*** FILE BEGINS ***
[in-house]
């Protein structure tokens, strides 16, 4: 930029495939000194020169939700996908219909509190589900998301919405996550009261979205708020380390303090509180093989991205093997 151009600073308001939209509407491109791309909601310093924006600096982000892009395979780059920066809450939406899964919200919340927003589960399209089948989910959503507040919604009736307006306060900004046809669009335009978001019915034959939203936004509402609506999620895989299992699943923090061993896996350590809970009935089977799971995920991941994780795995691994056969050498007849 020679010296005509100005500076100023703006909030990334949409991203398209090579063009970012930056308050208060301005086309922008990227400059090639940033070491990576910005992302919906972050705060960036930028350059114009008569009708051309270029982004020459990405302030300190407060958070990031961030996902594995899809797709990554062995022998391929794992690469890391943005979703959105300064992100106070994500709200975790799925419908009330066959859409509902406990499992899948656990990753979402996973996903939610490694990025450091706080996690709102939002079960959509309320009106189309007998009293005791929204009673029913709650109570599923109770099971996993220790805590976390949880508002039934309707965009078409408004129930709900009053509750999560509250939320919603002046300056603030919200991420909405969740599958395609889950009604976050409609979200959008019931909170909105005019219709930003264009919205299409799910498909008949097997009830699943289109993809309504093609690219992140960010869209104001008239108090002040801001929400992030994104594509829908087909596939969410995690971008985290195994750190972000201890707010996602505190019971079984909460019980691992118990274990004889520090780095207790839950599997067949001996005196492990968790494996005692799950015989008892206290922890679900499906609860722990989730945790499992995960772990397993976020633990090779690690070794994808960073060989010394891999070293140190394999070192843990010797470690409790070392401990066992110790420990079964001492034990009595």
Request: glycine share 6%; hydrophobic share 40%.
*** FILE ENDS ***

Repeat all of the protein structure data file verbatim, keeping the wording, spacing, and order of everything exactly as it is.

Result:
[in-house]
């Protein structure tokens, strides 16, 4: 930029495939000194020169939700996908219909509190589900998301919405996550009261979205708020380390303090509180093989991205093997 151009600073308001939209509407491109791309909601310093924006600096982000892009395979780059920066809450939406899964919200919340927003589960399209089948989910959503507040919604009736307006306060900004046809669009335009978001019915034959939203936004509402609506999620895989299992699943923090061993896996350590809970009935089977799971995920991941994780795995691994056969050498007849 020679010296005509100005500076100023703006909030990334949409991203398209090579063009970012930056308050208060301005086309922008990227400059090639940033070491990576910005992302919906972050705060960036930028350059114009008569009708051309270029982004020459990405302030300190407060958070990031961030996902594995899809797709990554062995022998391929794992690469890391943005979703959105300064992100106070994500709200975790799925419908009330066959859409509902406990499992899948656990990753979402996973996903939610490694990025450091706080996690709102939002079960959509309320009106189309007998009293005791929204009673029913709650109570599923109770099971996993220790805590976390949880508002039934309707965009078409408004129930709900009053509750999560509250939320919603002046300056603030919200991420909405969740599958395609889950009604976050409609979200959008019931909170909105005019219709930003264009919205299409799910498909008949097997009830699943289109993809309504093609690219992140960010869209104001008239108090002040801001929400992030994104594509829908087909596939969410995690971008985290195994750190972000201890707010996602505190019971079984909460019980691992118990274990004889520090780095207790839950599997067949001996005196492990968790494996005692799950015989008892206290922890679900499906609860722990989730945790499992995960772990397993976020633990090779690690070794994808960073060989010394891999070293140190394999070192843990010797470690409790070392401990066992110790420990079964001492034990009595």
Request: glycine share 6%; hydrophobic share 40%.